The amount of food and drink the person can safely consume is calculated by the dietitian. All foods must be carefully measured to control the amount of protein consumed.
Examples of foods that must be eliminated from a low-protein diet are:
• milk and dairy products
• meat, fish, chicken
• nuts (including peanut butter)
• beans
• eggs
Eating high protein foods increases acid levels. This puts the person at risk of losing consciousness and having seizures.

It is not unusual for someone on a low-protein diet to have 2 kinds of vegetables and a baked potato for dinner. However, if these foods were all that the person ate, their diet would be lacking in protein, vitamins and minerals. That is where the special medical formula comes in. It provides all the protein and nutrients normally obtained from high-protein food. In order to prevent complications, the person must adhere to this diet for life.


1. Carnitine
Carnitine is prescribed to people with isovaleric acidemia (IVA). Taking carnitine is important for people with the disorder for two reasons:
- People with IVA don’t have enough carnitine in their bodies
- the low protein diet doesn’t provide carnitine from natural sources
Carnitine also helps rid the body of toxic metabolites that build up in people with IVA. Carnitine is available in liquid or pill form.

2. Glycine
Glycine is an amino acid that acts like a sponge for the acids that build up in the blood of people with isovaleric acidemia. Glycine helps the acids to be safely eliminated in the urine.
How do people get isovaleric acidemia?
Isovaleric acidemia is an inborn error of metabolism. It is genetic. This means that the person has the disorder from the time they are conceived. At conception, the baby receives two sets of genetic material, one from the mother, and one from the father. This genetic material, called DNA, acts as a recipe for the baby’s development.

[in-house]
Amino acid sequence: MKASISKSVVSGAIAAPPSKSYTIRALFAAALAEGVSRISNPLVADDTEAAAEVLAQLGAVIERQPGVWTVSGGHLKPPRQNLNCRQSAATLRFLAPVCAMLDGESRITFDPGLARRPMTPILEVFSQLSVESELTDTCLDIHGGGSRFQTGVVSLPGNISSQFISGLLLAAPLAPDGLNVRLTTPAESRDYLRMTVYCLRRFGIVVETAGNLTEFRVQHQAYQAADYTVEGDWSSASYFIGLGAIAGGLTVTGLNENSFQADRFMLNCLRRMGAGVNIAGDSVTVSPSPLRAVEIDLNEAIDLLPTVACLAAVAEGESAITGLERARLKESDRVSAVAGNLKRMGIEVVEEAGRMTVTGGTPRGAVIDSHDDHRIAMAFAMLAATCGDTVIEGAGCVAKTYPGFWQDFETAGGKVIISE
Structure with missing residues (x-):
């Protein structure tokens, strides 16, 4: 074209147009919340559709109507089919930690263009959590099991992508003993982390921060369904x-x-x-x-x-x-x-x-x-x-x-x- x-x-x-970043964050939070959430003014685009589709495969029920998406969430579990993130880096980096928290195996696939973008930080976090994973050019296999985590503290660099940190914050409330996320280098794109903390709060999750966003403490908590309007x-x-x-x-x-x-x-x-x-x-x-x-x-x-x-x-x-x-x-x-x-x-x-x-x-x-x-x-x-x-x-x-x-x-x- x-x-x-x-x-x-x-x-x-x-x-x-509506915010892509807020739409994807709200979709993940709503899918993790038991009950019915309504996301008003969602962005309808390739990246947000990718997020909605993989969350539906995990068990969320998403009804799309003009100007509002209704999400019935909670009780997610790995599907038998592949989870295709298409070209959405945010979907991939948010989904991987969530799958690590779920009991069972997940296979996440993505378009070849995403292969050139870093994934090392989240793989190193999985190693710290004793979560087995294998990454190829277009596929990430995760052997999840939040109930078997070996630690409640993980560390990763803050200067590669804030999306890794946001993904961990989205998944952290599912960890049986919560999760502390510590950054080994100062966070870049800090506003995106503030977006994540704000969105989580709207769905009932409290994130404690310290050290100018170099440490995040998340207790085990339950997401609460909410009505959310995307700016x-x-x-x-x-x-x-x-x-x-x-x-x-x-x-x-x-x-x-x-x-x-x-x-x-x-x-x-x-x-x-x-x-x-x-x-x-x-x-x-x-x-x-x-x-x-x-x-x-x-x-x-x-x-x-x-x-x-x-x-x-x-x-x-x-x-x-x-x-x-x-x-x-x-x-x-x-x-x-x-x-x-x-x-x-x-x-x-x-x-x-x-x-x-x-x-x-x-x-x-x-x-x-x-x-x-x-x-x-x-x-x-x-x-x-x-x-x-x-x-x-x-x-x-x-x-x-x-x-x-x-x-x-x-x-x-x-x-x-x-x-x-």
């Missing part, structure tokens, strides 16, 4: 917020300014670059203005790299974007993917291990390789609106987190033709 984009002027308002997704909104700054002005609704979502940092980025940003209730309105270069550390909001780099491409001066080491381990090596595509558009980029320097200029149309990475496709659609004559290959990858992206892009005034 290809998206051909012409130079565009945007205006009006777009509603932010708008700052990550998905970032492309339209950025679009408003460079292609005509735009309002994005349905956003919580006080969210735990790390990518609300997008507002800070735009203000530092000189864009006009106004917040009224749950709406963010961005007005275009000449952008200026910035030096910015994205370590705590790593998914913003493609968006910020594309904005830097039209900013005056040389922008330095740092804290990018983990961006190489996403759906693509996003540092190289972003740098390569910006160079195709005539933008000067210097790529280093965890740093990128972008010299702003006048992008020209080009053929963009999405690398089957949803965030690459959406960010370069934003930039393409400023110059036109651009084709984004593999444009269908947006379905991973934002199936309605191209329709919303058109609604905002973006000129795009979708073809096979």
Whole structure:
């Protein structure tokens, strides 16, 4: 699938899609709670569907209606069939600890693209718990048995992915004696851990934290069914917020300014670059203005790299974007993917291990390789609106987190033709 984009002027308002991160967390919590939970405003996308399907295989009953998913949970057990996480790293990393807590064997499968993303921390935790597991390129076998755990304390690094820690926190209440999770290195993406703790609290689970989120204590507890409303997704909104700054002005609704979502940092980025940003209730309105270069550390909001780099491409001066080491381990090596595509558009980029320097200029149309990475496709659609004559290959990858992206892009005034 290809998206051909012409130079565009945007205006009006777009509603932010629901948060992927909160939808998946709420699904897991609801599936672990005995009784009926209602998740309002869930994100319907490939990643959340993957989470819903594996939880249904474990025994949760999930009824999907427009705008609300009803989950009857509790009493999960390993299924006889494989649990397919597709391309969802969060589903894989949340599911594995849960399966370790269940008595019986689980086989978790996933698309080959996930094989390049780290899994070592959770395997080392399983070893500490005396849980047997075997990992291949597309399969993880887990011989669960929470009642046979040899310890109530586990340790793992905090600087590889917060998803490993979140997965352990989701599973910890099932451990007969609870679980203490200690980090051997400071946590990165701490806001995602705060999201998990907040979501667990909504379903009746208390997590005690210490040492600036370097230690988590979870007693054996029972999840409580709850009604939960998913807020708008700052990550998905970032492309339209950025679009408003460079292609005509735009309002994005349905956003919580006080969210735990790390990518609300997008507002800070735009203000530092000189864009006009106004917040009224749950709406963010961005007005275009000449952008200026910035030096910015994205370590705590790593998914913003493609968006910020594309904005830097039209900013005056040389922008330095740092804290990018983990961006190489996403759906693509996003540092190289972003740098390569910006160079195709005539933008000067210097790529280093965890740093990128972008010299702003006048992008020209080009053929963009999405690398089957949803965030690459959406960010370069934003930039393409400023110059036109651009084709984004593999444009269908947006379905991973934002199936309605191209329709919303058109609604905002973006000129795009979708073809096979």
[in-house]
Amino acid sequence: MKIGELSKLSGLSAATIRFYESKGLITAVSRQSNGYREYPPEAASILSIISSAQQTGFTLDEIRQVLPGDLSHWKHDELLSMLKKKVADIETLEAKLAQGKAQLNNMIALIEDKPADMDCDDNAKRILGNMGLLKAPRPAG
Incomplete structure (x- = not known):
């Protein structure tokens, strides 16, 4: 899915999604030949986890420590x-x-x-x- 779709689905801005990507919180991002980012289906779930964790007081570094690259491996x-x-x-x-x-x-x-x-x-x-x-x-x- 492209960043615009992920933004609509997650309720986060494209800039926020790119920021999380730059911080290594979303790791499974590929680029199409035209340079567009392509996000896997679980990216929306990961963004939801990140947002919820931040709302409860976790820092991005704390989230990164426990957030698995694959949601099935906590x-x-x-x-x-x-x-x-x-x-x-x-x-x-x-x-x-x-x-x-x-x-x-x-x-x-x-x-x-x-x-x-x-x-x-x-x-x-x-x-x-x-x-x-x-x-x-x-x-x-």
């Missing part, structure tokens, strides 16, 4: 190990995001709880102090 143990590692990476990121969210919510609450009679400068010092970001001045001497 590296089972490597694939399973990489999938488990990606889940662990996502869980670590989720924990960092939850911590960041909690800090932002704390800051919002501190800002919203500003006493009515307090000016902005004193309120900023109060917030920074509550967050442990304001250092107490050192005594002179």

DNA includes information about the baby’s eye and hair colour, sex and even whether the baby will be right or left-handed. DNA comes in units called genes. Each pair of genes gives directions to a certain part of the body.

In isovaleric acidemia, there is a problem with one of the genes that give information on how the body breaks down protein. The disorder is caused by getting two copies of the faulty gene that gives the wrong instructions. One copy comes from the mother and one comes from the father. If the child inherits only one copy of the gene, they are a carrier for isovaleric acidemia but are not affected. There is a 1 in 4, or 25% chance that two carriers of the gene will have a baby with isovaleric acidemia. Boys and girls are equally affected.

With each pregnancy, there is the same 25% chance of having a child with isovaleric acidemia. In some families, there may be only one child with isovaleric acidemia, while in other families, multiple children may be affected.

For a person with isovaleric acidemia to have a baby with the same disease, they would need to have a partner who carried the gene. The chance of this would be very low as the gene mutation is rare.
How can family and friends help?
Learn to recognize the signs of trouble. If you know the person well, you will be the first to notice changes in behavior that suggest the acid levels are too high. For example, the person may become irritable, less active and sleep more than usual. Encourage the person to call the clinic.
Very high levels of acid in the blood may cause problems like:
• confusion
• vomiting
• increased sweating
• laboured breathing
• loss of consciousness
• seizures
If your friend or family member show any of the signs or symptoms of high acid levels or metabolic acidosis, take them to the emergency room immediately. The person with the isovaleric acidemia has a yellow wallet card with emergency room instructions and phone numbers.
Related Organizations
The Adult Metabolic Diseases Clinic
Vancouver General Hospital
Diamond Health Care Centre
4th Floor, 2775 Laurel Street
Vancouver, BC
V5Z 1M9
(604) 875-5965
Organic Acidemia Association
13210 35th Avenue North
Plymouth, MN 55441
Phone: (763) 559-1797
Fax: (763) 694-0017